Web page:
Democratic Tax Strategery
Nov 29, 2010, Vol. 16, No. 11 • By MATTHEW CONTINETTI
What will tax rates be in 2011? The current rates are set to expire at the end of this year, leading to increased taxes on income, capital gains, dividends, and estates. That would be an epic failure, since raising taxes in a weak recovery is the last thing policymakers ought to do. But Congress hasn’t taken any action to stop the coming tax hike, preferring instead to devote its lame duck session to less pressing issues like the DREAM Act immigration amnesty and Don’t Ask, Don’t Tell. Pause and reflect for a moment on the absurdity that businesses, entrepreneurs, financial planners, tax preparers, and taxpayers have no certain idea of what they’ll be expected to pay the IRS come January.
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The Democrats, who have controlled Congress for four years and the White House for two, say they want to increase taxes only on households making more than $250,000 a year. Yet they’ve done nothing to make their preferred tax structure a reality. And indeed, many congressional Democrats agree with Republicans that any tax increase in 2011 would be bad for growth.
So what has the congressional leadership done? Rather than accept a bipartisan compromise to extend current tax rates for several years, Nancy Pelosi and Harry Reid have spent the last few weeks scheming to find a way to raise taxes on the wealthy while posturing as defenders of the middle class. We suppose we shouldn’t be surprised that the harmful economic consequences of raising taxes on small businesses and investors are less important to the Democrats than old-school class politics. But it’s disappointing nonetheless—especially in light of the fact that the donkeys have just suffered their biggest drubbing in a midterm election since 1938.
The latest Democratic strategy is to extend current middle class tax rates “permanently” while setting an expiration for upper-income rates, in order to set up a nasty fight somewhere down the line. But this is an empty gesture that smacks of desperation. Republicans in the House and Senate are standing firm against “decoupling,” and it’s likely that more than a few Democrats, senators from red states in particular, will stand with them. Which means that we’re back where we started: an approaching tax increase, an ideological and unresponsive Democratic congressional leadership, and a weak and out-of-touch White House. No wonder Americans have little confidence in the economy. The same team that brought you Obamacare is on a course to produce, through its inaction, the largest tax increase in history.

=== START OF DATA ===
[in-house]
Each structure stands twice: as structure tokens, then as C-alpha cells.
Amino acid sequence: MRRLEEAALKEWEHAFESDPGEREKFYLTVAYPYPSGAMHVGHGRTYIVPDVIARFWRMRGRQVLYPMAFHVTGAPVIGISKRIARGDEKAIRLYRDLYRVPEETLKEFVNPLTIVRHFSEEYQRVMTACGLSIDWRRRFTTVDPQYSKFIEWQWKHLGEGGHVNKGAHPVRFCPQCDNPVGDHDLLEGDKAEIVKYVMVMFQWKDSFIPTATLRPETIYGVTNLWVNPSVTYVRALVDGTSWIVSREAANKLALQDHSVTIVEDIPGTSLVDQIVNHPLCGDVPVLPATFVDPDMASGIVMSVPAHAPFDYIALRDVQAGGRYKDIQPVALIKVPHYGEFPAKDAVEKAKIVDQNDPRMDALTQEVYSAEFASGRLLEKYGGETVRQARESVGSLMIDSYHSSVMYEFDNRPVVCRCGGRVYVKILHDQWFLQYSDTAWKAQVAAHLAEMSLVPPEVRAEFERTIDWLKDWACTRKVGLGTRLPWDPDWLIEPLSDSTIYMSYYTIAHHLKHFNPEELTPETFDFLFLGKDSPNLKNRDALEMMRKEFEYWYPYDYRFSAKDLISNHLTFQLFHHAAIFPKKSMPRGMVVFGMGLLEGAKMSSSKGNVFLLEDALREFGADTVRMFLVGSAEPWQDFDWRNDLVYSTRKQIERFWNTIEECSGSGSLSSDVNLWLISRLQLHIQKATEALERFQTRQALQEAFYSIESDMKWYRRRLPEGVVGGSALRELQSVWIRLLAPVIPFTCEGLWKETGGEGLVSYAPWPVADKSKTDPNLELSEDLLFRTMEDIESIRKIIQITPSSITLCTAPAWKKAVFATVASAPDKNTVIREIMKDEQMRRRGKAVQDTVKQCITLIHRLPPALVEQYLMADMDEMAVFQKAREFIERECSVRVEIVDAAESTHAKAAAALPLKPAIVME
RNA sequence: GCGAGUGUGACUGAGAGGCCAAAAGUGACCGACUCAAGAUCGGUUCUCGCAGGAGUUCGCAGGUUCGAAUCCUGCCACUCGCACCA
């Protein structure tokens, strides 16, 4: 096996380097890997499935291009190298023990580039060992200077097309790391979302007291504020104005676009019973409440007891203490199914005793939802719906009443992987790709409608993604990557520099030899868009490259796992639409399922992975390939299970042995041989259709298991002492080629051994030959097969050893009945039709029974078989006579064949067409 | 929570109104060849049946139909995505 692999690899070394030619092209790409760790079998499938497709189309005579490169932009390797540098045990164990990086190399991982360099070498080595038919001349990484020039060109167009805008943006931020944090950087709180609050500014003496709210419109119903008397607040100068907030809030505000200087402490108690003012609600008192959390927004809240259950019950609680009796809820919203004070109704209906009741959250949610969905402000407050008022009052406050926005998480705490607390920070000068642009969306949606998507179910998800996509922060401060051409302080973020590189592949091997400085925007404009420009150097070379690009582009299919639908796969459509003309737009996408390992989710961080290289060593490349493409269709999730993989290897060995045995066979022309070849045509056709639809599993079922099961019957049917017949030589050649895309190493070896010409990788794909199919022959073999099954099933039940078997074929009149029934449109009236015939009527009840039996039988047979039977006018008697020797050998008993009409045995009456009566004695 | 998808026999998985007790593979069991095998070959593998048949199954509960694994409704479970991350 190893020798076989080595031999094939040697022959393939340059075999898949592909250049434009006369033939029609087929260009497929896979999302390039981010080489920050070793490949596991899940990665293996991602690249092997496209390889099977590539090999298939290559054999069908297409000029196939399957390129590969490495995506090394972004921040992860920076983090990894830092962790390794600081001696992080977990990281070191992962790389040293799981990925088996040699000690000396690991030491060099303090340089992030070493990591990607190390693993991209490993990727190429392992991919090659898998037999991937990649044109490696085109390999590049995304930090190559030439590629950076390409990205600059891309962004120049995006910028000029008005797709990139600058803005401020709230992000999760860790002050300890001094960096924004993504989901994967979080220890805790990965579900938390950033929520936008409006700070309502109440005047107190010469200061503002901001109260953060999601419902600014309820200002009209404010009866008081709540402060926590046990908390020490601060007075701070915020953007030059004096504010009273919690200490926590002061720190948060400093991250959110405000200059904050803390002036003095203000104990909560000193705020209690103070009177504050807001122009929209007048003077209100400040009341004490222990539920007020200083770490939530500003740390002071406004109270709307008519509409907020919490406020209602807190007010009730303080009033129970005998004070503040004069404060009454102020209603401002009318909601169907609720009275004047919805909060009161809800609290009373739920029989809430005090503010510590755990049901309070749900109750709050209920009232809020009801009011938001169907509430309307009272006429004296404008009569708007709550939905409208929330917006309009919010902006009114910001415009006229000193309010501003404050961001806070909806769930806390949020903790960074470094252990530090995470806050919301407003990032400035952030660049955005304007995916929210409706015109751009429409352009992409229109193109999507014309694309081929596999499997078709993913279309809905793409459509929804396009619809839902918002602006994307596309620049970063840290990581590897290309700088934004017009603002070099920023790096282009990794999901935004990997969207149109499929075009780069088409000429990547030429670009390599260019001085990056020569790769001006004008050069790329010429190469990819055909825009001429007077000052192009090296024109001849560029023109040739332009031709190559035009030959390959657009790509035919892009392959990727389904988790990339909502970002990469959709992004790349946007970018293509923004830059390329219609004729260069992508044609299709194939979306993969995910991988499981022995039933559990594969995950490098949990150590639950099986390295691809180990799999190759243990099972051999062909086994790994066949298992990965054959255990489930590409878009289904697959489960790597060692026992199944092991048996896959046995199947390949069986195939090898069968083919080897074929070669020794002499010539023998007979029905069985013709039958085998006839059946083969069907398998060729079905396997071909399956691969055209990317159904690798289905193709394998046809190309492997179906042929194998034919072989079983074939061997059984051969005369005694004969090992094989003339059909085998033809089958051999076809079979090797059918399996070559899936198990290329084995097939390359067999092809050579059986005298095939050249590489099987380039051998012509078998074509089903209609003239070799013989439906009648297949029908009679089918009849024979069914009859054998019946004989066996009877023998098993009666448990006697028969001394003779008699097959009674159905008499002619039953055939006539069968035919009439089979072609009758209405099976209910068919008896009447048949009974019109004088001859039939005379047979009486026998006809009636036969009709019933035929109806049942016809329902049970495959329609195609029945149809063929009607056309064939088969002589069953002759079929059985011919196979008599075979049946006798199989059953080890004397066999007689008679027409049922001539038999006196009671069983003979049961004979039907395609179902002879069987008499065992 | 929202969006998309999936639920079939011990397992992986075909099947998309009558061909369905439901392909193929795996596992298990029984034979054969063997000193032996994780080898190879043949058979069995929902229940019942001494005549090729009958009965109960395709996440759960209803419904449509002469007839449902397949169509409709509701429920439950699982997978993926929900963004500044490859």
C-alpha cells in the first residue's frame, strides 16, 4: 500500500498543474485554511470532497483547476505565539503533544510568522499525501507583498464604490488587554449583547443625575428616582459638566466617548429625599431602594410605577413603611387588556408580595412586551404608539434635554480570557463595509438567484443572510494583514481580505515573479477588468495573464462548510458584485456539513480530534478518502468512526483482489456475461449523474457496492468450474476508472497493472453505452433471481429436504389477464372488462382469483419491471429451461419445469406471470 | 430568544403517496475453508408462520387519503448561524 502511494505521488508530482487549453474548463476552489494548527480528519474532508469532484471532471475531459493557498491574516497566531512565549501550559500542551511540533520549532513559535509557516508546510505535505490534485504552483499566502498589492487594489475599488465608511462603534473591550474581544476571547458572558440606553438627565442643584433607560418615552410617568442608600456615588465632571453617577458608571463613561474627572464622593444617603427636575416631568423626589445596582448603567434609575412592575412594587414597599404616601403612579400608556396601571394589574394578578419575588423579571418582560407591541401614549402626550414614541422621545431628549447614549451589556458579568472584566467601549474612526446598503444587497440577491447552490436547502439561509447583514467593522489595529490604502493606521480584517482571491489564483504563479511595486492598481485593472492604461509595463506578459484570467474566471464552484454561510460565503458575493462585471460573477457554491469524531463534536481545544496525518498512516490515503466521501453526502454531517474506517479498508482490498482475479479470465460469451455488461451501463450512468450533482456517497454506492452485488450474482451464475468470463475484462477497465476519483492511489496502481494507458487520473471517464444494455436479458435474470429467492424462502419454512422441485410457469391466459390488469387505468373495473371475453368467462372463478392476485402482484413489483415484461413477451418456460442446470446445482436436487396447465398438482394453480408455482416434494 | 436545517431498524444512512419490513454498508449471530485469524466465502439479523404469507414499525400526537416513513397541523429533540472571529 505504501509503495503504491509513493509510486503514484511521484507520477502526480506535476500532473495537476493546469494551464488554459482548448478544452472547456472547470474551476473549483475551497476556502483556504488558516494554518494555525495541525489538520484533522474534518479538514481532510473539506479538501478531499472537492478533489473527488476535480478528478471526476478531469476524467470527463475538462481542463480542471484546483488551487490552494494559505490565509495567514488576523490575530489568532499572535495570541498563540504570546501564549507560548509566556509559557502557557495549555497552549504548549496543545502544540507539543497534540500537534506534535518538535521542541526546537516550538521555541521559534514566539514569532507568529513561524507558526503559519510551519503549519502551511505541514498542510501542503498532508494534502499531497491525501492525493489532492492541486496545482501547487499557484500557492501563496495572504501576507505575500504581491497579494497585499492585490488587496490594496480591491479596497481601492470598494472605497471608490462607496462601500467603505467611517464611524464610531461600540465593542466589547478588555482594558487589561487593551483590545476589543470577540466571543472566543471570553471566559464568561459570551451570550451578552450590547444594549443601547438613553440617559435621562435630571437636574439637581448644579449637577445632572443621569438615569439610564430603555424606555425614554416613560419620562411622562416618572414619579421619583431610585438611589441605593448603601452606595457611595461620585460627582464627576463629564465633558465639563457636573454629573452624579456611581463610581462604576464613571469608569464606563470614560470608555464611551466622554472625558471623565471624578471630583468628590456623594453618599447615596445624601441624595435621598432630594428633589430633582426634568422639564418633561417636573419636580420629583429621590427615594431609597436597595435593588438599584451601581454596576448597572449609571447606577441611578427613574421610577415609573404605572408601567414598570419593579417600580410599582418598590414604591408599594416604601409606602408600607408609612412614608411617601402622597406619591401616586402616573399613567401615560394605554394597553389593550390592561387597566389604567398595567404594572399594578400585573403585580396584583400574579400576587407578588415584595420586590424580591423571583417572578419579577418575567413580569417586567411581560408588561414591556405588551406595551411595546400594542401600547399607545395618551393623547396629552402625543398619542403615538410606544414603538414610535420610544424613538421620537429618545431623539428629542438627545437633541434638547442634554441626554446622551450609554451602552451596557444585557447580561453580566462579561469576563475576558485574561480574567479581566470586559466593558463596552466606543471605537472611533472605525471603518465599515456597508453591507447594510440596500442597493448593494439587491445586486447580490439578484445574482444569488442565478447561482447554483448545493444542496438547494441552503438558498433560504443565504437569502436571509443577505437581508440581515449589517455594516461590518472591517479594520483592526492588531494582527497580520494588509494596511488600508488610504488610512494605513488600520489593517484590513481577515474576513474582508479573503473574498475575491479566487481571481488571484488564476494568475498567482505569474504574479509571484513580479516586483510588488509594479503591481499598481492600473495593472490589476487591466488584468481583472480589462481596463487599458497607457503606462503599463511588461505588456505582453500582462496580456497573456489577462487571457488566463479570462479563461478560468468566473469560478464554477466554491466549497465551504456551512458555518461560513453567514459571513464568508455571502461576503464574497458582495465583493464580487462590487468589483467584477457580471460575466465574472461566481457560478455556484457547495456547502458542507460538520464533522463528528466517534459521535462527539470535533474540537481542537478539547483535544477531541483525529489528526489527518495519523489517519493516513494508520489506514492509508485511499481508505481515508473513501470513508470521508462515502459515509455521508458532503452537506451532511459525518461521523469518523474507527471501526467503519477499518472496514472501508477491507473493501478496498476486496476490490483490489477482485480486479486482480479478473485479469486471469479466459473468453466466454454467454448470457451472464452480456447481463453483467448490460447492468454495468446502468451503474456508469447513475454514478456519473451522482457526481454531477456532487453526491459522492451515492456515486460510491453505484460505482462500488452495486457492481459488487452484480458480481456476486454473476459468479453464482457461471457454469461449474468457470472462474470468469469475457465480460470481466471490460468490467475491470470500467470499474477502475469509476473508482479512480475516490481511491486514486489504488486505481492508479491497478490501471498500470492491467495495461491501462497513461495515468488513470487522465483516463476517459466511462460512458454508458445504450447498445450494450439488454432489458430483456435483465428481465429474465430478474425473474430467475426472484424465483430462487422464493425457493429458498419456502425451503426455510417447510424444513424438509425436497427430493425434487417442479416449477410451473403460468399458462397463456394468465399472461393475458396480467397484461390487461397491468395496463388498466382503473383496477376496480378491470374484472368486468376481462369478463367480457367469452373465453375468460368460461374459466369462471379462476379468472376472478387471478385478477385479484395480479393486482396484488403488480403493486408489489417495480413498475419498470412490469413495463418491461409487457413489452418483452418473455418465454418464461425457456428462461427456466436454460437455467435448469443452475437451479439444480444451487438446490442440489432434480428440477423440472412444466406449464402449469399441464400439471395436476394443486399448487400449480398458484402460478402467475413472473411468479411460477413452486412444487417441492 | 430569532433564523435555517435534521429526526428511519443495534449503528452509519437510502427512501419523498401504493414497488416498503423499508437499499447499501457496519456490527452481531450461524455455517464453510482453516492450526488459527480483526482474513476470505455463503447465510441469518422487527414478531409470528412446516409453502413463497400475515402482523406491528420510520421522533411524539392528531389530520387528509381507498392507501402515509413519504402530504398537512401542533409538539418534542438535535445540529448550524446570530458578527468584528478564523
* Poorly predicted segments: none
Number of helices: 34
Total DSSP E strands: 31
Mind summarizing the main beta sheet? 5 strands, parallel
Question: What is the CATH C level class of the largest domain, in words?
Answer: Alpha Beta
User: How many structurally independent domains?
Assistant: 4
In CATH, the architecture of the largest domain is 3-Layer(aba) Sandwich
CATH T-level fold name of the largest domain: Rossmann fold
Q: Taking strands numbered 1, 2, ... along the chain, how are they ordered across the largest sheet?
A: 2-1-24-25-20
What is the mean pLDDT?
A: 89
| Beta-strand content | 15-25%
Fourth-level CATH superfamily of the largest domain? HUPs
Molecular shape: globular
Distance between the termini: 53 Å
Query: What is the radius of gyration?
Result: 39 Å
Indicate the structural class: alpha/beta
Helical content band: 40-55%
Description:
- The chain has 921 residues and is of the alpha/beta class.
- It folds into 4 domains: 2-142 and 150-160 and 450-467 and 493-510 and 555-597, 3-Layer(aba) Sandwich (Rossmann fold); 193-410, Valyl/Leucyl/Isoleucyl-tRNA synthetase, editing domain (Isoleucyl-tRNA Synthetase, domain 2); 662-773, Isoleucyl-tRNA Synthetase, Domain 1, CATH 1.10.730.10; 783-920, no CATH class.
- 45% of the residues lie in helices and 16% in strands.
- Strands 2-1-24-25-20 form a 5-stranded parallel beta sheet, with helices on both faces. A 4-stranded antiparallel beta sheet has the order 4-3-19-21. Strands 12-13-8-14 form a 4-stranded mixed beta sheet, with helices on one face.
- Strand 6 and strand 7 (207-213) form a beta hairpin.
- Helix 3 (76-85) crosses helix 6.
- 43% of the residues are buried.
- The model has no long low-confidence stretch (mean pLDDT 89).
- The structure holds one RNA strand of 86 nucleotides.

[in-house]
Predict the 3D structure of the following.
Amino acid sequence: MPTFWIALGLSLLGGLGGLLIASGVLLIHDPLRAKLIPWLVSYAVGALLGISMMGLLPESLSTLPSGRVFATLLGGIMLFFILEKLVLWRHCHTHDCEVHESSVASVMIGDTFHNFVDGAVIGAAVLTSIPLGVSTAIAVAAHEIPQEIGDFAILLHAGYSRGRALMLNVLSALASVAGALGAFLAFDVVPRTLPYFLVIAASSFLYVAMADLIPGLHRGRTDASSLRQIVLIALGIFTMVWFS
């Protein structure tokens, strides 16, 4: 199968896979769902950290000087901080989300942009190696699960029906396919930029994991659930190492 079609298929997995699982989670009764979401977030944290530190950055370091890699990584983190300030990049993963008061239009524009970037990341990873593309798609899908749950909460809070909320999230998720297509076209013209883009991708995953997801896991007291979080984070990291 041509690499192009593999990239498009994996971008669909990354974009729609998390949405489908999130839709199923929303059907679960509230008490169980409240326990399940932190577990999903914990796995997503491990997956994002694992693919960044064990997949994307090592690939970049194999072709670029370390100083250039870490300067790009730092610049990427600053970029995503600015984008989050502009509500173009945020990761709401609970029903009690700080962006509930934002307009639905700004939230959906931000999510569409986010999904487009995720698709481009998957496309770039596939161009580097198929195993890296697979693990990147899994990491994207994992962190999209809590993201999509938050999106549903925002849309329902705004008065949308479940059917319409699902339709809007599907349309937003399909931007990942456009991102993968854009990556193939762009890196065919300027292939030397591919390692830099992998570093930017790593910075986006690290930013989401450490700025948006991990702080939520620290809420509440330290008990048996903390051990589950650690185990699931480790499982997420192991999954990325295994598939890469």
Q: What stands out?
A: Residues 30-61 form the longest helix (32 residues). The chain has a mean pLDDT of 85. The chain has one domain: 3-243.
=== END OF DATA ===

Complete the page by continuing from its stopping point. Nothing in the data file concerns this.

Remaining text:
The president’s handling of this issue is particularly disappointing. Shortly after the election, the White House signaled that it would be open to cooperating with Republicans to keep taxes low. But the administration’s conciliatory language was quickly drowned out by howls from the left. So once again President Obama has deferred to the left-of-center Democrats on Capitol Hill. Has he learned nothing?
Nor is the tax code the only instance in which the president’s economic policies have been ineffective at best and counterproductive at worst. Not only do businesses face uncertainty on taxes, they don’t know for sure how they’ll be affected by Obamacare and the Dodd-Frank financial reform. On the global scene, meanwhile, the administration is playing beggar-thy-neighbor with the American dollar, contributing to uncertainty in currency markets and international trade. Someone needs to sit Obama down in front of the television and make him watch that episode of Seinfeld where Jerry tells George, “If every instinct you have is wrong, then the opposite would have to be right.” Sage advice, Mr. President.